Direct Metal Laser Re-Melting of 316L Stainless Steel Powder Part 2: Analysis of Cubic Primitives

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Date

2001

Authors

Morgan, Rhys
Papworth, Adam
Sutcliffe, Chris
Fox, Pete
O'Neill, Bill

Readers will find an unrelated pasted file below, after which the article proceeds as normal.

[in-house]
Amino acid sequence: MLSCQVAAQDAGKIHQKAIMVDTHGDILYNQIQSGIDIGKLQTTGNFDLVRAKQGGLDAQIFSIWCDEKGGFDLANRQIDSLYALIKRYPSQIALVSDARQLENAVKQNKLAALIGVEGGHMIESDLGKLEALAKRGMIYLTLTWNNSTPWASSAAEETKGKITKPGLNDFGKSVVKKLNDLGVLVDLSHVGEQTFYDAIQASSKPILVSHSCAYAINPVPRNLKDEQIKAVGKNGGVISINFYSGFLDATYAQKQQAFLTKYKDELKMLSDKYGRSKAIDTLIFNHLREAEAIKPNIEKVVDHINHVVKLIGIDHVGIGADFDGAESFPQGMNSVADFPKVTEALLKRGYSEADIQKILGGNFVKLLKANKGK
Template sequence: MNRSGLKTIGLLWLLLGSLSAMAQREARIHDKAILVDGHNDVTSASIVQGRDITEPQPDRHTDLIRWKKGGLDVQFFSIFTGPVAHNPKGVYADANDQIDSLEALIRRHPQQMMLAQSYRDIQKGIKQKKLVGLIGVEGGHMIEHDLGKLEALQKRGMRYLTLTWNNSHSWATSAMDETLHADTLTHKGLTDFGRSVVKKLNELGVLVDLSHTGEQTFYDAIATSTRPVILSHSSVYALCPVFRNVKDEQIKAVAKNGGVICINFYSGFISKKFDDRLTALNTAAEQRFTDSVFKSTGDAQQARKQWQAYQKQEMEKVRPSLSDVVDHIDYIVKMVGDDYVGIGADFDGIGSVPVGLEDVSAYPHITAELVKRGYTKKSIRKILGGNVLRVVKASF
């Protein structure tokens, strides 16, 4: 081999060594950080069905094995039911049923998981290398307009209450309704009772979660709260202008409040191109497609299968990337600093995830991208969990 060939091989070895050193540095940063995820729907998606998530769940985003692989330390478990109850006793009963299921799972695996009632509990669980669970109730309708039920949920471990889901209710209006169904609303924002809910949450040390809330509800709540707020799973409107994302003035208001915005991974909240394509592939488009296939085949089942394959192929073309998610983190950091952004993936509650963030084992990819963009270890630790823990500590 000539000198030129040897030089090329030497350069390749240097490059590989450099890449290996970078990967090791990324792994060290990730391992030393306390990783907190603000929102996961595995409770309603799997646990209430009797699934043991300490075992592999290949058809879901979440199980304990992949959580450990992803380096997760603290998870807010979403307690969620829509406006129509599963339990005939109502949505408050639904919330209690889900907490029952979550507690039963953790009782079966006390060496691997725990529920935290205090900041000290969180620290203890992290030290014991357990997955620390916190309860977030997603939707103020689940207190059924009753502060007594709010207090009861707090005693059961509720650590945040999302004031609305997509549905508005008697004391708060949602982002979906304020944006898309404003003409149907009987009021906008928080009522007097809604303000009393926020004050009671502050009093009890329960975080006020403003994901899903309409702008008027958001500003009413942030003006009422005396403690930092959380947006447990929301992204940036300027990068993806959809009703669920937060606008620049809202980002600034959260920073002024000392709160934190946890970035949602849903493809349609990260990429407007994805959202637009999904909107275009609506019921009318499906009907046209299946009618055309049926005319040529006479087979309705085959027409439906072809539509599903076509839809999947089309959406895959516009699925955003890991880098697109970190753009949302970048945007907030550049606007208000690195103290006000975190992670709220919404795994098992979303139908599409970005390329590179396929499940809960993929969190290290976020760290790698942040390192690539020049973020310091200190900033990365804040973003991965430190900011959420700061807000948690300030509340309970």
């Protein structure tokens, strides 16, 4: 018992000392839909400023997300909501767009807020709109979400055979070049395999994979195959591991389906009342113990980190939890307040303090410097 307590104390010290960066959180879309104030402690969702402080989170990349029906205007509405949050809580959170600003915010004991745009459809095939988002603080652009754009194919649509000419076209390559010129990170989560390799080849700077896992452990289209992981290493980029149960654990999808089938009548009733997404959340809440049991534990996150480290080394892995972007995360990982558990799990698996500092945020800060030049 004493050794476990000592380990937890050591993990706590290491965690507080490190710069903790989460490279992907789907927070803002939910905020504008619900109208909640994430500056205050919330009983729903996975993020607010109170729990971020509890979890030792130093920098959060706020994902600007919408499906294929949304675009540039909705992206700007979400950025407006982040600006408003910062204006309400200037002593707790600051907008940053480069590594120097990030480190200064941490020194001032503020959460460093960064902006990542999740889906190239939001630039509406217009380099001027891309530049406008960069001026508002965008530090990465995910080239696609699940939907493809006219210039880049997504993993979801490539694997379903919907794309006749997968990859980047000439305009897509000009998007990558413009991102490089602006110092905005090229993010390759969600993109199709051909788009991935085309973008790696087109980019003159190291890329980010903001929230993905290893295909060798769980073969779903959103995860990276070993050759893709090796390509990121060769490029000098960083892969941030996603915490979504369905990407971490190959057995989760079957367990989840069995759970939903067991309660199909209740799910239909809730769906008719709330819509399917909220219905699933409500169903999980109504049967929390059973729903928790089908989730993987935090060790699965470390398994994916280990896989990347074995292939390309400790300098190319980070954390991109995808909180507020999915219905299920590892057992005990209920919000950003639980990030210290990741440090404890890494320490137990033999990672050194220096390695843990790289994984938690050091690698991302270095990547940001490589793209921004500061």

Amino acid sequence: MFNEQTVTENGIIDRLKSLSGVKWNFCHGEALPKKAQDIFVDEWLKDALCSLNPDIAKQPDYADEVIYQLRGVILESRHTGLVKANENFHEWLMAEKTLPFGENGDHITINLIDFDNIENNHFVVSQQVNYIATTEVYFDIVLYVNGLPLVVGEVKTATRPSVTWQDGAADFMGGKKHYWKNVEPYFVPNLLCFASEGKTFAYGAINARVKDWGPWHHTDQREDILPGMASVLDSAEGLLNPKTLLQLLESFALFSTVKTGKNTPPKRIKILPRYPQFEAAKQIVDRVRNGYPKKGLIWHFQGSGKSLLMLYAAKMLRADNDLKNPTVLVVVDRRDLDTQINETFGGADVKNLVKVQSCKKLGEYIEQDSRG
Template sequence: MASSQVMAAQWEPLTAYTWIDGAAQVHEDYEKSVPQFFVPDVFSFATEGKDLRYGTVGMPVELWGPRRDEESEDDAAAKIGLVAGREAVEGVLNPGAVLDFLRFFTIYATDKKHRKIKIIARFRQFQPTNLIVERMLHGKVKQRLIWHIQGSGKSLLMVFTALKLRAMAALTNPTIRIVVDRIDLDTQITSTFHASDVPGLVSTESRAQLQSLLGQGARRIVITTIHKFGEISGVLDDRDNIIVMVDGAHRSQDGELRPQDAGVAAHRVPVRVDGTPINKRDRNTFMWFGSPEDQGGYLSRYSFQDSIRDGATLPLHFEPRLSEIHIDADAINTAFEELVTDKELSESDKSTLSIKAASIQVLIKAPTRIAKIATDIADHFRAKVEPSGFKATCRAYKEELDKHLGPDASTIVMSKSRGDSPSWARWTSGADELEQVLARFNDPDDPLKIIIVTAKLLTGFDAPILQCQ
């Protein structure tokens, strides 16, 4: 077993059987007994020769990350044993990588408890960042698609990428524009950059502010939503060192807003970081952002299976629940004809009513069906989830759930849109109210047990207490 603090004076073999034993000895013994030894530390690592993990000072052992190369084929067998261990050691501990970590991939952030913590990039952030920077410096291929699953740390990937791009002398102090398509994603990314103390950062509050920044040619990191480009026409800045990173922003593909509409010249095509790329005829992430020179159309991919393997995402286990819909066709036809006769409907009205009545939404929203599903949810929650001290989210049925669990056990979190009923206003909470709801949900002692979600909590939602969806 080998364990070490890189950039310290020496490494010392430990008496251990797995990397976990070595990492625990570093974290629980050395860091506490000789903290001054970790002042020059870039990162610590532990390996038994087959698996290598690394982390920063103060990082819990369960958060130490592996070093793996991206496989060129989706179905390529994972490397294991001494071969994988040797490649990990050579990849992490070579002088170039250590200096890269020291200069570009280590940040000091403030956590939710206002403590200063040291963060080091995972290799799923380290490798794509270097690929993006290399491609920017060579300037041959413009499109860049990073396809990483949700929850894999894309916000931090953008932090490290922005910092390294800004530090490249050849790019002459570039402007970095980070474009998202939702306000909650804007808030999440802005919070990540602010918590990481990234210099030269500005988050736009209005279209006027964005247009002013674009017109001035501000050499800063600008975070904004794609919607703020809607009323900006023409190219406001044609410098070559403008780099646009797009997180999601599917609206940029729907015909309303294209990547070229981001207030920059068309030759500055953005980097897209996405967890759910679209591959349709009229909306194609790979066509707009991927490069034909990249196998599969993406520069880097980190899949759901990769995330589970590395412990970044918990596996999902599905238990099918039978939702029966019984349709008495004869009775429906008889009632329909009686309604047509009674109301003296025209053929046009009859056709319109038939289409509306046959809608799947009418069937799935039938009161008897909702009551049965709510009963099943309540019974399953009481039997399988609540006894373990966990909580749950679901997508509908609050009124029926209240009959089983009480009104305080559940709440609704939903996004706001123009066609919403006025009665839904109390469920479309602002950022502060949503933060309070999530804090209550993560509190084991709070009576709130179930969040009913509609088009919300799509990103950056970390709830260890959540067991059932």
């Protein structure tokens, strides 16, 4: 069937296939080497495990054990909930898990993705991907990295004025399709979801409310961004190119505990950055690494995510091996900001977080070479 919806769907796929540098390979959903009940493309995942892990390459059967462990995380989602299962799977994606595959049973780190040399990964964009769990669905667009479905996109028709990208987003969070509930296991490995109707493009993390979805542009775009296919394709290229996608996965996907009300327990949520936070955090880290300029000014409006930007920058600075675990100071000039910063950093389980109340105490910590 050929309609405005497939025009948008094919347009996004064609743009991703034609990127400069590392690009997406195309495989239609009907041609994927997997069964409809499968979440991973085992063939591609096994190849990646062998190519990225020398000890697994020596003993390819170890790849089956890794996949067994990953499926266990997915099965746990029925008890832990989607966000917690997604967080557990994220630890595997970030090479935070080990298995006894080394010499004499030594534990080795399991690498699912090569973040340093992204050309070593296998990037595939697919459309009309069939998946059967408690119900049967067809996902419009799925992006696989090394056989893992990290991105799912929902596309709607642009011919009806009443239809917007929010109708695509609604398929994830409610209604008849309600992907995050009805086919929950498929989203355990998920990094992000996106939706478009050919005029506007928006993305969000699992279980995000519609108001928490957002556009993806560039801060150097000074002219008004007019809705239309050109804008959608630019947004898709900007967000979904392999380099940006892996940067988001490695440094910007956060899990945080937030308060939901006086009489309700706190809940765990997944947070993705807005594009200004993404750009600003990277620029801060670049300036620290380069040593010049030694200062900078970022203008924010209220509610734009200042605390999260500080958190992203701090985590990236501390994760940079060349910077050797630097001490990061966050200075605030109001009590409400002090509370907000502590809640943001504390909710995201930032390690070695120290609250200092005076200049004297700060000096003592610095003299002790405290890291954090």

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Direct Metal Laser Re-Melting is a process variant of Selective Laser Sintering, whereby 316L stainless steel powder fractions are melted by a high power Nd:YAG laser. Layers are built up as a series of single lines to produce thin walled structures in the range »0.3-1.0mm thick. The structures exhibit a periodic, angular roughness to the wall surfaces. The samples also display a wave-like pattern on their upper surfaces. Further investigations reveal the angled ‘wave’ pattern exists on a macroscopic level in the microstructure. The pattern is fully formed by the third or fourth layer. Fern-like grain structures follow the orientation of the surface roughness and exist across many layers. This is believed to be the effect of grain orientation within the samples. The microstructure reveals long, needle, cell structures. The uni-axial needles grow epitaxially from previous layers. The samples have been shown to exhibit very little or no thermally induced residual stresses. Introduction

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